When Kurt Kupper took over the position of CEO at Swiss luxury music box company Reuge 12 years ago, he asked his predecessor who the target market was. “Customers,” he was told, “are essentially between 75 years old and the cemetery.”
“It was really dusty,” he says with a chuckle, joking about the brand’s positioning back then. The current collection, however, is anything but dated. These gleaming, ornate pieces range from delicate, bejewelled singing bird boxes (where a mechanical bird dressed in real feathers emerges and whistles a lively tune) to immense, multi-cylinder movements capable of producing over 24 elaborate, lilting melodies. “What we’re trying to do always is come up with things that are different,” says Kupper, who presides over the brand’s private and by-appointment-only exhibition at the Shangri-La Hotel Vancouver. It is the first time Reuge has shown its pieces in the city.
In an already niche industry, Reuge stands alone. Founded by Charles Reuge, it has been actively crafting music boxes since 1865 inside the quiet village of Sainte-Croix; in fact, it is the only luxury manufacturer of music boxes left in the world, with a firm belief in doing well one thing and one thing only: extracting wonder and emotion from the mechanical.
“People don’t smile that much anymore,” says Kupper. “We need to put a sparkle in the eyes like we had at Christmas, and that’s our job: to go to the heart of the people and not the wallet.” Kupper, who previously worked as COO of luxury timepiece brand Hublot before assuming his role with Reuge in 2006, was drawn to the possibilities to be had with these musical wonders. “With the music box,” he says, “we appeal much less to the money and more to the art.”
From just a single glance, it’s impossible not to be drawn into the fascinating and imaginative design that each Reuge creation holds. There’s the limited-edition Journey box, a colourful, nautical-inspired movement with a bur oak inlay derived from over 450 individual pieces of wood; or the Highland, a contemporary piece that, when opened, reveals a leather-lined interior with space to accommodate two crystal glasses and a treasured bottle of wine or whisky—they make listening to classic melodies like “What a Wonderful World” by Louis Armstrong and George Gershwin’s “Summertime” all the more special. Considering that a standard music box takes around three months to produce (even longer for commissioned pieces), Reuge’s handiwork is both innovative and timeless.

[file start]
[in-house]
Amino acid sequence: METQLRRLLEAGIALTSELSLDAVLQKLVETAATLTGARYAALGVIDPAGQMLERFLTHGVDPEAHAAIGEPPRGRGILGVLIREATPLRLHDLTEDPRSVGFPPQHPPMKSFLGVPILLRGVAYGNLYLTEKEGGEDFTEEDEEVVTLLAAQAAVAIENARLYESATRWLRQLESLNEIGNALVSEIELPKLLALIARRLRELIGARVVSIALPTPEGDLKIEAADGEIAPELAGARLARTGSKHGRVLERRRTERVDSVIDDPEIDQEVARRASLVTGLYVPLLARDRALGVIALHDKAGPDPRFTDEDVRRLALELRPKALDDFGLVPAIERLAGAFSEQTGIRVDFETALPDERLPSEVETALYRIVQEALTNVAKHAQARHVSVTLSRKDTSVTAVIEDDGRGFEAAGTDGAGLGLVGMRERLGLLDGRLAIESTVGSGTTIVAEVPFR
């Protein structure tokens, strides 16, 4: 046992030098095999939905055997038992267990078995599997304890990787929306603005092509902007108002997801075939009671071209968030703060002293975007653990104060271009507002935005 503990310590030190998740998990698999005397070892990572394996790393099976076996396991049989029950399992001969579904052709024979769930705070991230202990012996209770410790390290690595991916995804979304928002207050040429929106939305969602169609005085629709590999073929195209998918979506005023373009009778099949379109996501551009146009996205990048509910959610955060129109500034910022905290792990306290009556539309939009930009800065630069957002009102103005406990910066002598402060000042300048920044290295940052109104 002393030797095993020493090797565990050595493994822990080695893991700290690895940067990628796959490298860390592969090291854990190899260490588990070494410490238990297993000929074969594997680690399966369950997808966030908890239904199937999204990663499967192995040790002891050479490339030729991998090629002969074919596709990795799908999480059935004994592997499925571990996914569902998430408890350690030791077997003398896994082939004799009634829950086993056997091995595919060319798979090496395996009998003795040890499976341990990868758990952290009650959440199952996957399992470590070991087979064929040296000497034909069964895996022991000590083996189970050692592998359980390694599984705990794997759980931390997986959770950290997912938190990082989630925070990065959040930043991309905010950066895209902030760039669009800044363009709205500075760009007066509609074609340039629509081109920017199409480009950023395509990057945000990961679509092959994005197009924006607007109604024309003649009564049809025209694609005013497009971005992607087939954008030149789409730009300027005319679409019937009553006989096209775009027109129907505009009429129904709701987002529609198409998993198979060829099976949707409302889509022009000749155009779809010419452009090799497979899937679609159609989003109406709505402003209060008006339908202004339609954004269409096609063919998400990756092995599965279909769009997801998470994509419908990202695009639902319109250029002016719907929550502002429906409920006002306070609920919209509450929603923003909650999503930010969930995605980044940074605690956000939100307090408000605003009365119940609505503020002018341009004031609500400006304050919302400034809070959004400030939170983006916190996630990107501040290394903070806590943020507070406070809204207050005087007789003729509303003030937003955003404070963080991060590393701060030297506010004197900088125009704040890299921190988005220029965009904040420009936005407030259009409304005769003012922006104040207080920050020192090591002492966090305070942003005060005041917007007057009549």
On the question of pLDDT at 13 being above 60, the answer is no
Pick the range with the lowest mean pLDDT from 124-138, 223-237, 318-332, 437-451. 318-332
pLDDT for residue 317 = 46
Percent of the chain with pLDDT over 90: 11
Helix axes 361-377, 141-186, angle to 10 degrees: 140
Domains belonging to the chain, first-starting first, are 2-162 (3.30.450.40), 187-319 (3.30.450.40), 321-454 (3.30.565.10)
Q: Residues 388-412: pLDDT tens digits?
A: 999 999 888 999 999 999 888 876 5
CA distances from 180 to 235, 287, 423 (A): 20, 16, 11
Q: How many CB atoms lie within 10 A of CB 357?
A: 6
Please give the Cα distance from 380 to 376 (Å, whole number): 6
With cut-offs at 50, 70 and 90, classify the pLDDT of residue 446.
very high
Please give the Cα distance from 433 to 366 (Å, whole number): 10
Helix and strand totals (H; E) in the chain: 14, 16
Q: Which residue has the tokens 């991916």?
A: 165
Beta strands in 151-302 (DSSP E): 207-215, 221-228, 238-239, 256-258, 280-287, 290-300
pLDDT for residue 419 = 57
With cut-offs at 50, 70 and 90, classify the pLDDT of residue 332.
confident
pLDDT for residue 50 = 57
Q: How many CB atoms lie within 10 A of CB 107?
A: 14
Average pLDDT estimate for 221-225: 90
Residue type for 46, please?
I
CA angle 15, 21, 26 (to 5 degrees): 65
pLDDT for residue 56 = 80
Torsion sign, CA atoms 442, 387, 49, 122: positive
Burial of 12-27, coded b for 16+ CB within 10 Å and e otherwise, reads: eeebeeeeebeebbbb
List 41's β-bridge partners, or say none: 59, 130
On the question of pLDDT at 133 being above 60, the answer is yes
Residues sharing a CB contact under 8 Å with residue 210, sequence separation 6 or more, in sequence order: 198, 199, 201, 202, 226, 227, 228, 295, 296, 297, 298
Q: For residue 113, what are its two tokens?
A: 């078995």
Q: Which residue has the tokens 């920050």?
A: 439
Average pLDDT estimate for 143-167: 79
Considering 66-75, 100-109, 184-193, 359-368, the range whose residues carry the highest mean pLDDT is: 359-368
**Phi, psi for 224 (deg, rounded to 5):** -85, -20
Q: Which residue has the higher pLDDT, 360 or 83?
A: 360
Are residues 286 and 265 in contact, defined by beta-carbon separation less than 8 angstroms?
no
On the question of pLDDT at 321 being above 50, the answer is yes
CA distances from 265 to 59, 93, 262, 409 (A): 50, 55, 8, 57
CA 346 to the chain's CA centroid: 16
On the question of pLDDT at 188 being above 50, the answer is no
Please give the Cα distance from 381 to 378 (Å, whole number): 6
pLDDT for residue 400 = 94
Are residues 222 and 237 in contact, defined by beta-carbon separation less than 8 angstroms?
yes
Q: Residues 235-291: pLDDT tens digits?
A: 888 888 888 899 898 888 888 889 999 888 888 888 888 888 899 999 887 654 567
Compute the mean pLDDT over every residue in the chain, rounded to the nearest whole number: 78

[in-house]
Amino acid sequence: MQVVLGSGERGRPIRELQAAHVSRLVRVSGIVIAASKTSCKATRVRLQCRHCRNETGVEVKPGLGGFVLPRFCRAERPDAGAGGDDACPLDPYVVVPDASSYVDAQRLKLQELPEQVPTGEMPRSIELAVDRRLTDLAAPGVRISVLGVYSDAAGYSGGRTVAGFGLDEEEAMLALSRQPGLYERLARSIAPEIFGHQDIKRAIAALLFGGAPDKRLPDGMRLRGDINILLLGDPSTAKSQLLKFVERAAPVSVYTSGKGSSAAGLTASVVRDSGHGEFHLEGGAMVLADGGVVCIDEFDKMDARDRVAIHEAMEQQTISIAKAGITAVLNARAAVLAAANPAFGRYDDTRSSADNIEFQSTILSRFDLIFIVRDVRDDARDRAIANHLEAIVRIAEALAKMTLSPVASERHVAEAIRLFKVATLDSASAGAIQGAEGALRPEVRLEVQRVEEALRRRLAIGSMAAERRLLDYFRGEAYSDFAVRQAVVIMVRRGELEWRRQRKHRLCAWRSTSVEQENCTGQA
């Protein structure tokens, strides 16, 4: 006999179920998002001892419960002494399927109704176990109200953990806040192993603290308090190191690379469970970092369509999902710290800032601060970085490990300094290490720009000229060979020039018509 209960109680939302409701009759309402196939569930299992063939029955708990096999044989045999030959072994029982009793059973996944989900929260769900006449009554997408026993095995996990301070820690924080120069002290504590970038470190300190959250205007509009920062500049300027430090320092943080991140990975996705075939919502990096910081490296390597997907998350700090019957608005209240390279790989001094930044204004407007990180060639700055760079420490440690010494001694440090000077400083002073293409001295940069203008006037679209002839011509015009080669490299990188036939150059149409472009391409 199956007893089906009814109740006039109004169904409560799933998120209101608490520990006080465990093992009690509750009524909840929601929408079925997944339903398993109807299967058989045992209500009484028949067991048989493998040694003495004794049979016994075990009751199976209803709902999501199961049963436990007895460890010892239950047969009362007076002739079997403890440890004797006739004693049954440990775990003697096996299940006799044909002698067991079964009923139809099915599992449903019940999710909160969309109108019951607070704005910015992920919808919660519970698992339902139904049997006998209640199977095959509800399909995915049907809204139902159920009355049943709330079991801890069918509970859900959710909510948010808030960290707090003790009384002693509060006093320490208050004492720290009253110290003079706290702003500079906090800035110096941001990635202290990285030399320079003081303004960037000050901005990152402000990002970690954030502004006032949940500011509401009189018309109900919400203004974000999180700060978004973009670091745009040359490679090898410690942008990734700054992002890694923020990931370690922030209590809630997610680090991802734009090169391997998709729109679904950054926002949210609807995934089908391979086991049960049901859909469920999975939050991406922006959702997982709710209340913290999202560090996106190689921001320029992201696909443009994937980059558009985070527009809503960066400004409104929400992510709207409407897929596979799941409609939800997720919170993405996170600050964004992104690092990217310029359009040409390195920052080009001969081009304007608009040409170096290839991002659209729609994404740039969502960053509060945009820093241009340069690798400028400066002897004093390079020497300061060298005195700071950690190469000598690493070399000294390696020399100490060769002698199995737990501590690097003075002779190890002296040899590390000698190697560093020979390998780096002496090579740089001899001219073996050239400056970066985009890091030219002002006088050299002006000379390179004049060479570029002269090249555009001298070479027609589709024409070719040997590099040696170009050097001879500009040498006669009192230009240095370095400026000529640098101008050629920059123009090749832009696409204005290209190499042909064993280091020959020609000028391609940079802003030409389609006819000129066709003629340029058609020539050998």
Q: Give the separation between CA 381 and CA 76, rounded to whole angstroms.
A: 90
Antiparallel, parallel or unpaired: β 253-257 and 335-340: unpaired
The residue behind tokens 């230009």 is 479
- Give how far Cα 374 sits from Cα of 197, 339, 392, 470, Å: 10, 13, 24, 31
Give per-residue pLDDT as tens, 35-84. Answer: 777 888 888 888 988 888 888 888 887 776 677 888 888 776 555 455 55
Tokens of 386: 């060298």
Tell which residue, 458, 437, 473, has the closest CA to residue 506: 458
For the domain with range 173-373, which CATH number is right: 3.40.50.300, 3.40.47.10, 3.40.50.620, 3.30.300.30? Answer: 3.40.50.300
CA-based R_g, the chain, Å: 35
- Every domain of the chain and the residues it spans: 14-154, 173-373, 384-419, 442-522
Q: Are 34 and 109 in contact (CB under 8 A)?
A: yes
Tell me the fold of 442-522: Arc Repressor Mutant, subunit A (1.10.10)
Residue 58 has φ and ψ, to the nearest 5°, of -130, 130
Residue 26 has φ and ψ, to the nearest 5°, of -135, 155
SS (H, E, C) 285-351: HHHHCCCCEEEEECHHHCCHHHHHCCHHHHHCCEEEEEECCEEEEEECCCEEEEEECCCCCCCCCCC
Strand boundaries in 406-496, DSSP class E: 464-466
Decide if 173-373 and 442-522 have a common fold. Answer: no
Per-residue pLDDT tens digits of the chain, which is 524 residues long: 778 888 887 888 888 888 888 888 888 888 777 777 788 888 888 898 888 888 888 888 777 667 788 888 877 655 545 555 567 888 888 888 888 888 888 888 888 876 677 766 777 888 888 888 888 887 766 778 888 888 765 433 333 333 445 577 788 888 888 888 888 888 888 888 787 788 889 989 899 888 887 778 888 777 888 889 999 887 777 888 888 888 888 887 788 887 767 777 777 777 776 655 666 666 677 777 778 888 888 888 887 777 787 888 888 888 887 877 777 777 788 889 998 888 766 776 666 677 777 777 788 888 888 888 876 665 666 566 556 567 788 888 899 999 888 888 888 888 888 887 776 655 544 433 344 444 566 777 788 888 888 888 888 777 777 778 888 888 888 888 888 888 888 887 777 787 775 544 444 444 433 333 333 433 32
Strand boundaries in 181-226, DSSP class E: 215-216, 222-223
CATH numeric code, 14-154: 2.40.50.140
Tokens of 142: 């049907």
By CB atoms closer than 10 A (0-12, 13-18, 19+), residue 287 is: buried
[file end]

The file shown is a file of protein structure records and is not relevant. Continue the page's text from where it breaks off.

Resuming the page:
It doesn’t come as a surprise, then, that many of Reuge’s clients and recipients are celebrities, dignitaries, and heads of state. This includes Barack Obama, the sultan of Oman (who gifted a pair of singing birds to Prince William and Kate Middleton for their wedding in 2011), and the president of Azerbaijan. “We went to Baku to see the culture and the architecture,” says Kupper, who incorporated details such as the first lady’s favourite cultural instruments and the rug pattern from the president’s hometown into a perfectly personalized gift.
There is an undeniable feeling of nostalgia connected to the twinkling notes of a Reuge creation (for this writer, a piece called Anastasia sparks memories of playing with her mother’s jewellery box and winding back the theme from Love Story). With the ability to inspire lasting meaning and emotion, these musical treasures are truly something to behold.
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